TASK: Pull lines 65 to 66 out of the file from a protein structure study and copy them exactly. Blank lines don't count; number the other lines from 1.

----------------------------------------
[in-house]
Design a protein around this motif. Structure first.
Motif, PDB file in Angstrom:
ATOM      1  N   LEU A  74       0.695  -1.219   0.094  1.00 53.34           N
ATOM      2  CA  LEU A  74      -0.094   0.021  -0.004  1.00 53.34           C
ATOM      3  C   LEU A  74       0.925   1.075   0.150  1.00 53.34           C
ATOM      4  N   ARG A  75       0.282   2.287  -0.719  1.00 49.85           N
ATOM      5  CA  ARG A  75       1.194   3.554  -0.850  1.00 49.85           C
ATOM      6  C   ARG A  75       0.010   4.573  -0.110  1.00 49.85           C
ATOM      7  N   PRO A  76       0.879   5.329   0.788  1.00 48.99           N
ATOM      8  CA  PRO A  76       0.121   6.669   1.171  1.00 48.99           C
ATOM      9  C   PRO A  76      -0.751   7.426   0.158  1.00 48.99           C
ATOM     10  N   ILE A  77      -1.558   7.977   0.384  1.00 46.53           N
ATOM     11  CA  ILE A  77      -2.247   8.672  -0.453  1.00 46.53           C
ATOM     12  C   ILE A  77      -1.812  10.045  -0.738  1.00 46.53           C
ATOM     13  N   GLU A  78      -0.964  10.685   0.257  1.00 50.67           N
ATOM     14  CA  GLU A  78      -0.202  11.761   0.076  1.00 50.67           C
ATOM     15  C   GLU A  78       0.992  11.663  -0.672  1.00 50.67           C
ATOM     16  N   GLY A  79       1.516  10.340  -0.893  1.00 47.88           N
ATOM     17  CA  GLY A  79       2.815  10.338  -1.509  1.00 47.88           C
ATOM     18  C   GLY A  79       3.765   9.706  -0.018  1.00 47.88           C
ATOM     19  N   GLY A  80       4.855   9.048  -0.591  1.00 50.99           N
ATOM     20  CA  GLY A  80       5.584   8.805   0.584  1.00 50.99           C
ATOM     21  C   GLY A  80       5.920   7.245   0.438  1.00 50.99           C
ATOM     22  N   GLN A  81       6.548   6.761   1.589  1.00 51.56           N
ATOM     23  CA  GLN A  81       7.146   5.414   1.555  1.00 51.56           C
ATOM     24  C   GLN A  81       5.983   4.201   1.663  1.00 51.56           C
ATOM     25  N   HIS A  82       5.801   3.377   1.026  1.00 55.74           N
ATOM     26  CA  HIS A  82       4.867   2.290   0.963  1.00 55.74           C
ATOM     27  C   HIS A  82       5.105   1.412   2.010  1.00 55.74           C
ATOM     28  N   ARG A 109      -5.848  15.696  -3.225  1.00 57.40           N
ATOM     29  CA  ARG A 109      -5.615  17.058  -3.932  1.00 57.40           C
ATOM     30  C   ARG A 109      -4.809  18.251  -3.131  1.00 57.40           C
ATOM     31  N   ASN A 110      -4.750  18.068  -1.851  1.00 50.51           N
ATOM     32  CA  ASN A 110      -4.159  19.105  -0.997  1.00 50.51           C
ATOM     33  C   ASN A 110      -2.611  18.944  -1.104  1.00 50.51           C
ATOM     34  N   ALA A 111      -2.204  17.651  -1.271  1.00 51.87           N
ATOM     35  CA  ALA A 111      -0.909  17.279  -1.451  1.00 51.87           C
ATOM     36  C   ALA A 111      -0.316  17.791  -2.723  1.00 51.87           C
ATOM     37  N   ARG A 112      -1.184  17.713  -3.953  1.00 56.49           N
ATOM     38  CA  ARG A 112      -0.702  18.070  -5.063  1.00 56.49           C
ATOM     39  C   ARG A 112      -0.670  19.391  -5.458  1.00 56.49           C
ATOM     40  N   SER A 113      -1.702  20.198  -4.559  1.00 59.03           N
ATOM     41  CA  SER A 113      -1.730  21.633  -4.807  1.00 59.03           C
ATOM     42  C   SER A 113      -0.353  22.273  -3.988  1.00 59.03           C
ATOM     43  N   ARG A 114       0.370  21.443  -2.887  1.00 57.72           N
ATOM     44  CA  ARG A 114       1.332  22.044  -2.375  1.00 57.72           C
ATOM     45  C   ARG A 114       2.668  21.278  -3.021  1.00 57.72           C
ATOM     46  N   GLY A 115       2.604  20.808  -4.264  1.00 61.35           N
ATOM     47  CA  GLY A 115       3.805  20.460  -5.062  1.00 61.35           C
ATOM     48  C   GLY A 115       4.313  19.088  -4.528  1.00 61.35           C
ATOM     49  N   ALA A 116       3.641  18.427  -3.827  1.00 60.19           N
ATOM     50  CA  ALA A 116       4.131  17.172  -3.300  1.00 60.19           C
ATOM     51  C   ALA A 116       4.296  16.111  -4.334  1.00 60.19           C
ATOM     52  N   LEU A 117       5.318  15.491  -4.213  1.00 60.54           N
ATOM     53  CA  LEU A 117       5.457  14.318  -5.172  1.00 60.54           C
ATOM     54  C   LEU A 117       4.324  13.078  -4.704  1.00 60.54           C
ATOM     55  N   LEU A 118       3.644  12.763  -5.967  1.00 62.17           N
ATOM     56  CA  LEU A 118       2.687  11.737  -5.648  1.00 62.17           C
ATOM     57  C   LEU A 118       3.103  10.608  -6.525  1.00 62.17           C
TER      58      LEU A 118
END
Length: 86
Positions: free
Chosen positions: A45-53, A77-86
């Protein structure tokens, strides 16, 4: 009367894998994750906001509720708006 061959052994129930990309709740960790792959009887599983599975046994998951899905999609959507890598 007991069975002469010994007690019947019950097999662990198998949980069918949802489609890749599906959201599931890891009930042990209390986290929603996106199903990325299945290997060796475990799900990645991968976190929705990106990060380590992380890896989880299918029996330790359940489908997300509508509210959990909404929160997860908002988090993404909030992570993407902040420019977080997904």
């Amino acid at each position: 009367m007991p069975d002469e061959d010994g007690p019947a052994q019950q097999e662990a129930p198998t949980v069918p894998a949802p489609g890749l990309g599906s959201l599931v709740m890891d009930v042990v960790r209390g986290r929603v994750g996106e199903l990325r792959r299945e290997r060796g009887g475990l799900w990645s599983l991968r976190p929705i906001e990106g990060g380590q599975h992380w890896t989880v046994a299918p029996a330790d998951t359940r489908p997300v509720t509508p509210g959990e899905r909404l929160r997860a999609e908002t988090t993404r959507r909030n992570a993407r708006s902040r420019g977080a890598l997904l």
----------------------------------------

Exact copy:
Chosen positions: A45-53, A77-86
């Protein structure tokens, strides 16, 4: 009367894998994750906001509720708006 061959052994129930990309709740960790792959009887599983599975046994998951899905999609959507890598 007991069975002469010994007690019947019950097999662990198998949980069918949802489609890749599906959201599931890891009930042990209390986290929603996106199903990325299945290997060796475990799900990645991968976190929705990106990060380590992380890896989880299918029996330790359940489908997300509508509210959990909404929160997860908002988090993404909030992570993407902040420019977080997904």